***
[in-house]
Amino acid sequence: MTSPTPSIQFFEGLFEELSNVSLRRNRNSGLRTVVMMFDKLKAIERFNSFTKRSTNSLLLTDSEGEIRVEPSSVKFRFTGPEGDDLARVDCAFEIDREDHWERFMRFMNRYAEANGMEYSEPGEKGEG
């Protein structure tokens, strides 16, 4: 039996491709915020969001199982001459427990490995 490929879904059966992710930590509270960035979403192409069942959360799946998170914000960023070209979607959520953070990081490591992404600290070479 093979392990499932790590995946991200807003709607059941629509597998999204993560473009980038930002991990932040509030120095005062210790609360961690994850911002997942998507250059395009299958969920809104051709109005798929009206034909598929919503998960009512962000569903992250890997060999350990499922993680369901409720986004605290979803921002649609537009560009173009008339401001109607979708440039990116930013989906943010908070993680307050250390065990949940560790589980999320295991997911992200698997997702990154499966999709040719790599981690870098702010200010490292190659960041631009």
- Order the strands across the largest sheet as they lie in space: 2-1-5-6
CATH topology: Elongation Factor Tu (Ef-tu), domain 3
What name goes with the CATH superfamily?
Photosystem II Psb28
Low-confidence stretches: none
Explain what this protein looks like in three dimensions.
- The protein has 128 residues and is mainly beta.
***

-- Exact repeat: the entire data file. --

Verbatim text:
[in-house]
Amino acid sequence: MTSPTPSIQFFEGLFEELSNVSLRRNRNSGLRTVVMMFDKLKAIERFNSFTKRSTNSLLLTDSEGEIRVEPSSVKFRFTGPEGDDLARVDCAFEIDREDHWERFMRFMNRYAEANGMEYSEPGEKGEG
């Protein structure tokens, strides 16, 4: 039996491709915020969001199982001459427990490995 490929879904059966992710930590509270960035979403192409069942959360799946998170914000960023070209979607959520953070990081490591992404600290070479 093979392990499932790590995946991200807003709607059941629509597998999204993560473009980038930002991990932040509030120095005062210790609360961690994850911002997942998507250059395009299958969920809104051709109005798929009206034909598929919503998960009512962000569903992250890997060999350990499922993680369901409720986004605290979803921002649609537009560009173009008339401001109607979708440039990116930013989906943010908070993680307050250390065990949940560790589980999320295991997911992200698997997702990154499966999709040719790599981690870098702010200010490292190659960041631009």
- Order the strands across the largest sheet as they lie in space: 2-1-5-6
CATH topology: Elongation Factor Tu (Ef-tu), domain 3
What name goes with the CATH superfamily?
Photosystem II Psb28
Low-confidence stretches: none
Explain what this protein looks like in three dimensions.
- The protein has 128 residues and is mainly beta.